For instance, if your bike frame is too large, you’ll have to overreach, which can stretch and strain your back muscles. On the other hand, a frame that’s too small could cause you to contort into a hunched position, which uncomfortably twists the same muscles. 

Over time, this can cause a range of different issues in your lower back, including:

To prevent this type of injury, take your bike to a cycling shop and ensure that it fits your body. You can also perform core-building exercises to keep your back strong as you ride. 

5. Carpal Tunnel Syndrome

When you first think of carpal tunnel syndrome, you might think it’s an injury that you can only get while typing on a computer. However, enthusiastic gym-goers can also suffer from this condition. 

Carpal tunnel occurs when there’s excessive strain placed on the median nerve of your arm. This is a major sensory and motor nerve that originates in your spinal cord and runs through the anterior portion of your arm, all the way to your hand and fingers.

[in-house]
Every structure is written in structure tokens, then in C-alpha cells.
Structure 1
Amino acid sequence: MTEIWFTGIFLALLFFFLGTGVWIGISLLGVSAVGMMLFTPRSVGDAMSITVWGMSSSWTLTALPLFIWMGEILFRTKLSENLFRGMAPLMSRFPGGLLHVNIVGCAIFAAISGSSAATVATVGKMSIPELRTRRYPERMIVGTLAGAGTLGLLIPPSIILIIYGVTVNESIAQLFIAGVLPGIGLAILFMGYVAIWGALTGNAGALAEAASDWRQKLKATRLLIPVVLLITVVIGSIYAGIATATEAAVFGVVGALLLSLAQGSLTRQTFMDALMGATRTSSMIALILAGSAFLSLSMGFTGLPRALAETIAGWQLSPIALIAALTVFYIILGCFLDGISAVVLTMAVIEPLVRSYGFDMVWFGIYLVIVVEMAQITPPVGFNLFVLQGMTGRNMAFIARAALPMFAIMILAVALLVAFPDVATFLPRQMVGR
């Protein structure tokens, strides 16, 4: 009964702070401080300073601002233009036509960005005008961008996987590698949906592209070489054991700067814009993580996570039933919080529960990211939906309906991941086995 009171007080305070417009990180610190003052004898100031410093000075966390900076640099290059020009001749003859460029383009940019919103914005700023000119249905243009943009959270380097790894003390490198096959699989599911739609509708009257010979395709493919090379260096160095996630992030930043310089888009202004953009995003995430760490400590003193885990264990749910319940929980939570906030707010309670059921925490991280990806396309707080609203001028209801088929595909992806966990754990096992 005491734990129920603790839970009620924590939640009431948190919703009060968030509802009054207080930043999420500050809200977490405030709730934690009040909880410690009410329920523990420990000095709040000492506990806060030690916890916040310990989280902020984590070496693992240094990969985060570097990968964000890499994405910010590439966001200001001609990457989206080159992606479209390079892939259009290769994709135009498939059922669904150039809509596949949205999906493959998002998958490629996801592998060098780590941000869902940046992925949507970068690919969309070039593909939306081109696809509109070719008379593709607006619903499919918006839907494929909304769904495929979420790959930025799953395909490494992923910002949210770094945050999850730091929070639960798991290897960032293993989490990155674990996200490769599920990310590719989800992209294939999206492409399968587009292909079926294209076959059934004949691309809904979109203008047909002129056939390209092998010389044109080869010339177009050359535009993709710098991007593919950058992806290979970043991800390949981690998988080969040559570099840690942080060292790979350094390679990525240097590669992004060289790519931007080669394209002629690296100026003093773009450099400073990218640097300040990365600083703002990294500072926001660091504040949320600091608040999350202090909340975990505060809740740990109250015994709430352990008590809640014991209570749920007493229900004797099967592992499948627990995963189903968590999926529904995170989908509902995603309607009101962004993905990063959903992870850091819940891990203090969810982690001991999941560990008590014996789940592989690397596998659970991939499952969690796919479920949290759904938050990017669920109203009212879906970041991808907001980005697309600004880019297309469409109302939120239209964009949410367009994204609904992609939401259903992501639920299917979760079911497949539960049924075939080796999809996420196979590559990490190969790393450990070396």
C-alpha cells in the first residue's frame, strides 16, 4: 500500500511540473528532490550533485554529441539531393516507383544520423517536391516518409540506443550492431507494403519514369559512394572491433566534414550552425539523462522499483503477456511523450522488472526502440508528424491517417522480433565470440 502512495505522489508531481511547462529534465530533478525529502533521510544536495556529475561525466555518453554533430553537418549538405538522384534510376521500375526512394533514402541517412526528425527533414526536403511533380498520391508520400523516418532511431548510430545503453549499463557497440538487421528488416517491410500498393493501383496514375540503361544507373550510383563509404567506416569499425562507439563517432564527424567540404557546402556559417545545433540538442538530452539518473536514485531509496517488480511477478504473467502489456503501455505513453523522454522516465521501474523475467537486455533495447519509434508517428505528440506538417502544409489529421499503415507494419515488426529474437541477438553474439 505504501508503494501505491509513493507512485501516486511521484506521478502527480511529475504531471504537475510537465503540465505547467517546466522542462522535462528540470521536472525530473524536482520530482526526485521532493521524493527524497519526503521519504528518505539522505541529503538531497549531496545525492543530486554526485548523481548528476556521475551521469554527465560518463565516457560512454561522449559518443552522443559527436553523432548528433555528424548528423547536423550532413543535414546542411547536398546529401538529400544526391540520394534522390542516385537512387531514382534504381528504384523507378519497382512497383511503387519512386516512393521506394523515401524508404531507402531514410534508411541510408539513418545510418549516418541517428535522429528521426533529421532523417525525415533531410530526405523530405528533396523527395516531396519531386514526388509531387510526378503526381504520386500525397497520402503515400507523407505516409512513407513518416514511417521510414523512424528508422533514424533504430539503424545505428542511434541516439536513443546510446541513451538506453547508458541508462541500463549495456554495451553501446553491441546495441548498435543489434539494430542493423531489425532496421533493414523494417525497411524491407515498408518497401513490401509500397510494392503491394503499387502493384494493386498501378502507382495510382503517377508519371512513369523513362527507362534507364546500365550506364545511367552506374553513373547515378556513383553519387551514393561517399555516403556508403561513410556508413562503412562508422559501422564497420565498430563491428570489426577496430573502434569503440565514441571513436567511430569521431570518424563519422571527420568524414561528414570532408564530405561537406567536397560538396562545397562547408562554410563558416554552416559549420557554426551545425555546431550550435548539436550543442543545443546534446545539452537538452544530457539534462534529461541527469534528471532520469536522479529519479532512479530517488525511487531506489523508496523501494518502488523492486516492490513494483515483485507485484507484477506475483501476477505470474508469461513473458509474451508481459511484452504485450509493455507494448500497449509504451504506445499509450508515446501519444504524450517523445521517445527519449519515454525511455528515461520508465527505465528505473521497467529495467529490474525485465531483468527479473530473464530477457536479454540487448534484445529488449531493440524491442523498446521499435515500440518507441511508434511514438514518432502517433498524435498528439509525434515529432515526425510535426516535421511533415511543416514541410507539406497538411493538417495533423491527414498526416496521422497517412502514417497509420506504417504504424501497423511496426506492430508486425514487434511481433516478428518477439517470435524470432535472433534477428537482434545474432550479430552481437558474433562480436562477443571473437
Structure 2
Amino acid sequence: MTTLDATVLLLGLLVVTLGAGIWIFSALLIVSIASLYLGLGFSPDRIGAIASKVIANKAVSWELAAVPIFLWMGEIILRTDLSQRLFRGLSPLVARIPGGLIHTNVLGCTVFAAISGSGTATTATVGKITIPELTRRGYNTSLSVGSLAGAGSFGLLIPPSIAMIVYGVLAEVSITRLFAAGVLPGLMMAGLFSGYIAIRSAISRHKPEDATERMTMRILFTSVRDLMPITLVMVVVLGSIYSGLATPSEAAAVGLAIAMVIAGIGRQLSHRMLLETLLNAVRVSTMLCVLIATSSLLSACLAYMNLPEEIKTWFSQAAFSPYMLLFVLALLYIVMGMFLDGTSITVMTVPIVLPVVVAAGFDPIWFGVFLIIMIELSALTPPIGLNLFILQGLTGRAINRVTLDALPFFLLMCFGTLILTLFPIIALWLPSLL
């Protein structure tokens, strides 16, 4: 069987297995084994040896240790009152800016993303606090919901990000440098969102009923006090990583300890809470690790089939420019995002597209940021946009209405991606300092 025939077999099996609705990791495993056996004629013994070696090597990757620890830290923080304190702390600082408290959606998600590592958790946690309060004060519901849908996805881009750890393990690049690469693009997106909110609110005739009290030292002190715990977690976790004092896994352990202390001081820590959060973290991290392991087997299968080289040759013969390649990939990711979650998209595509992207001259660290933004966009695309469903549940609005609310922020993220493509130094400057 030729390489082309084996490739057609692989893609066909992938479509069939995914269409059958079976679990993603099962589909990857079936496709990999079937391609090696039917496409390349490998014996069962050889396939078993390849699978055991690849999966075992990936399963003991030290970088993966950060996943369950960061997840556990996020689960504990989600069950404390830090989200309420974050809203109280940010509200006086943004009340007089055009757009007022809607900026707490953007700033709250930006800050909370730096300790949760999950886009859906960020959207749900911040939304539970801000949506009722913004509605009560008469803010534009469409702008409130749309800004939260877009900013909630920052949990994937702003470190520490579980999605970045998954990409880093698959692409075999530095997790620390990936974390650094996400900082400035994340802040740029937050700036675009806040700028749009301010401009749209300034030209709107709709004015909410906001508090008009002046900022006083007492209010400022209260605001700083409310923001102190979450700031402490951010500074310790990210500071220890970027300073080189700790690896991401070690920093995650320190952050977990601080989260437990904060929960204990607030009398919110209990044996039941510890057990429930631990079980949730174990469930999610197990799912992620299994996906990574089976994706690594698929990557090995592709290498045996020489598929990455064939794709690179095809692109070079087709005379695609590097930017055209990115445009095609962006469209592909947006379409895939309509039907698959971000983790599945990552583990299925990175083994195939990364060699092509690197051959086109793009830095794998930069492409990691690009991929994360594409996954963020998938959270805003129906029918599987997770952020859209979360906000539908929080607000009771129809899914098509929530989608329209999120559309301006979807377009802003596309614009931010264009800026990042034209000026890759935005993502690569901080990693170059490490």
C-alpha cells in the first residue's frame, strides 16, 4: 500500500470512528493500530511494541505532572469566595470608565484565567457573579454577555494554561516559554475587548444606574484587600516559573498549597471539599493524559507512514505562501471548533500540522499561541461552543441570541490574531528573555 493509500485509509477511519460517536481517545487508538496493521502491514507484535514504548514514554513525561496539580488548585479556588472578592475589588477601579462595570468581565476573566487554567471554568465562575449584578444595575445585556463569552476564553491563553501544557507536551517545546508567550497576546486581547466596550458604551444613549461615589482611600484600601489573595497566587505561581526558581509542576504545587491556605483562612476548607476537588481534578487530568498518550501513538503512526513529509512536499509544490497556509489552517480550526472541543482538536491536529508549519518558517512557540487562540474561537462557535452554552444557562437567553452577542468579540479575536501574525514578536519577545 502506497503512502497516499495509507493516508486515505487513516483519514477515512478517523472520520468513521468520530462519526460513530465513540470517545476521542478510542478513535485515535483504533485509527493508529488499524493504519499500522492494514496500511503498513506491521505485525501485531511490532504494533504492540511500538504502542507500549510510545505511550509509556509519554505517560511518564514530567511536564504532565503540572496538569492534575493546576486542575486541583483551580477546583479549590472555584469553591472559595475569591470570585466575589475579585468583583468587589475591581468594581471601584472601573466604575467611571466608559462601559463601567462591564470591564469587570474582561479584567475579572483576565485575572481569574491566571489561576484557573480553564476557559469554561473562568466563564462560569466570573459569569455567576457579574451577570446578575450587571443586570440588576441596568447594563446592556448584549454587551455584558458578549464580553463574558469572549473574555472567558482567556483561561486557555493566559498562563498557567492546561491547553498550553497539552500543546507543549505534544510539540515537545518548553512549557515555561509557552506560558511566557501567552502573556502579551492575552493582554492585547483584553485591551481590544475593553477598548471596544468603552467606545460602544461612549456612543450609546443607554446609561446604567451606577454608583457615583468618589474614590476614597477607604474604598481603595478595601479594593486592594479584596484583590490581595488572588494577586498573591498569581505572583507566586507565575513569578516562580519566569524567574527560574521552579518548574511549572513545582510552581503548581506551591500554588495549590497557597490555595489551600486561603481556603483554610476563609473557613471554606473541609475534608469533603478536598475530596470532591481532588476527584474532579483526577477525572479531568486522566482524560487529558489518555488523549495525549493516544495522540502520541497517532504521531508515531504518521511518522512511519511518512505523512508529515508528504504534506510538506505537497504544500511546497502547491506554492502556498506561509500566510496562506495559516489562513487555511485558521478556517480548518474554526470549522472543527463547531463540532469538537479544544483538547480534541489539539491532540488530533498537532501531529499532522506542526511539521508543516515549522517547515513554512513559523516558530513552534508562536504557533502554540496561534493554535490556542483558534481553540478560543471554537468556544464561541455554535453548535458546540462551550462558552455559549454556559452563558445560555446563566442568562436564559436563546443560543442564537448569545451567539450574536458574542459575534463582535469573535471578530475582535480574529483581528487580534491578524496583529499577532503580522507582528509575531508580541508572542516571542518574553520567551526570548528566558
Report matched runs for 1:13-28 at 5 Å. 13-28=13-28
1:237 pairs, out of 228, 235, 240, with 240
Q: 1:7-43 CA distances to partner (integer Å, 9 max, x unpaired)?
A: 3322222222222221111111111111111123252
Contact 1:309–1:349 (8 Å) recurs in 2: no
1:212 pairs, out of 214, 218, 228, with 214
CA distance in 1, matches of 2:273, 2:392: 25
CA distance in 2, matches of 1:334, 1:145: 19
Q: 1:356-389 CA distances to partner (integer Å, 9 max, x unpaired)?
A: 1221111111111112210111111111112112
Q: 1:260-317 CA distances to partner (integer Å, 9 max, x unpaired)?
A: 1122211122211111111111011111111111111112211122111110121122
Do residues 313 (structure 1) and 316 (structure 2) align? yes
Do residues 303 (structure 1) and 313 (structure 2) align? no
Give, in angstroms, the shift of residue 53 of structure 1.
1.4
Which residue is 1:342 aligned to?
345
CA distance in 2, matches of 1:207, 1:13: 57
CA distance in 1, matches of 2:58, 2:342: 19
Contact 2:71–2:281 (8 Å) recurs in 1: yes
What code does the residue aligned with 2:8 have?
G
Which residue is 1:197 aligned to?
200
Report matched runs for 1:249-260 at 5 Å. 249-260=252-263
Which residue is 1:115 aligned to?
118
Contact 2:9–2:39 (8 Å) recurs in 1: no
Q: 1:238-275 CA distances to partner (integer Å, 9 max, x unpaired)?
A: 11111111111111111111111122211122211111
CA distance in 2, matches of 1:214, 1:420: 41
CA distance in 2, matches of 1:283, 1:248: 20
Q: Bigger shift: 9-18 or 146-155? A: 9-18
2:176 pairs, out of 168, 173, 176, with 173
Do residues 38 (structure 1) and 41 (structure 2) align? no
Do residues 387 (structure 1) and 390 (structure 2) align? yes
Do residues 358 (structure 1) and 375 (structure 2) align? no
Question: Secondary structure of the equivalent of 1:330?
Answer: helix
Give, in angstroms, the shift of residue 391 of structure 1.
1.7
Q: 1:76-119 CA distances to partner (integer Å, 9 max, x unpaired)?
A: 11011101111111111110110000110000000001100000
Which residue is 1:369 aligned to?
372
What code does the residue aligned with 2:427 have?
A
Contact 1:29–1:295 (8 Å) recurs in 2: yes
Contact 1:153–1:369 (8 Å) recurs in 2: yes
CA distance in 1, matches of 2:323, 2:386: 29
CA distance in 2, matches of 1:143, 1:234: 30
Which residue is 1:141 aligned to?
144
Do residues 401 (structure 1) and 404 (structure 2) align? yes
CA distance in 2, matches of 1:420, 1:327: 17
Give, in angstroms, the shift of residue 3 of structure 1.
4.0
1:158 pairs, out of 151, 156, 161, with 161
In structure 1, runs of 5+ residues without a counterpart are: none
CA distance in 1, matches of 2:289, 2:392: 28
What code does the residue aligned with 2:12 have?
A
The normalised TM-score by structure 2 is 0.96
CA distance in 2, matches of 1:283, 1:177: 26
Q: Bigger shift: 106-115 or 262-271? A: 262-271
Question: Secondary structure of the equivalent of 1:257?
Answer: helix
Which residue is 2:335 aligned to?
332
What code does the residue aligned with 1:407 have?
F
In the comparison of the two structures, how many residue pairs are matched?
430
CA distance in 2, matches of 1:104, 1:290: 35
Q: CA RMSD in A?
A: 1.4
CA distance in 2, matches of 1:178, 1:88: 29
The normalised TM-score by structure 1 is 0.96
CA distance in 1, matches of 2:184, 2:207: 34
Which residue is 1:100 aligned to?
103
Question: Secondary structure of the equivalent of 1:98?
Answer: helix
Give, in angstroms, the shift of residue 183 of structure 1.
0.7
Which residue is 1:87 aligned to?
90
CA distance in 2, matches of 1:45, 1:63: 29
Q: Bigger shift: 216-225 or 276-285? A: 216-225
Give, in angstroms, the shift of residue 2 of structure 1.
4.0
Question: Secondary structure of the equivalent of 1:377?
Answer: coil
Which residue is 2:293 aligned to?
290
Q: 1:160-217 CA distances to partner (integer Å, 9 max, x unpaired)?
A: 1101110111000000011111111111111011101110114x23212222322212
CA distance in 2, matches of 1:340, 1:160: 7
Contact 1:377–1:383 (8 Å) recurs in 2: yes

There are many gym activities that can strain this nerve, including push-ups and planks. Basically, any exercise that causes you to bend your wrist forward and backward quickly and rapidly can make your median nerve more sensitive. 

If you experience this condition, avoid any workouts that require you to put pressure on your wrist. Move your wrists and arms evenly and switch positions frequently to keep those areas flexible.

6. Dislocated Joint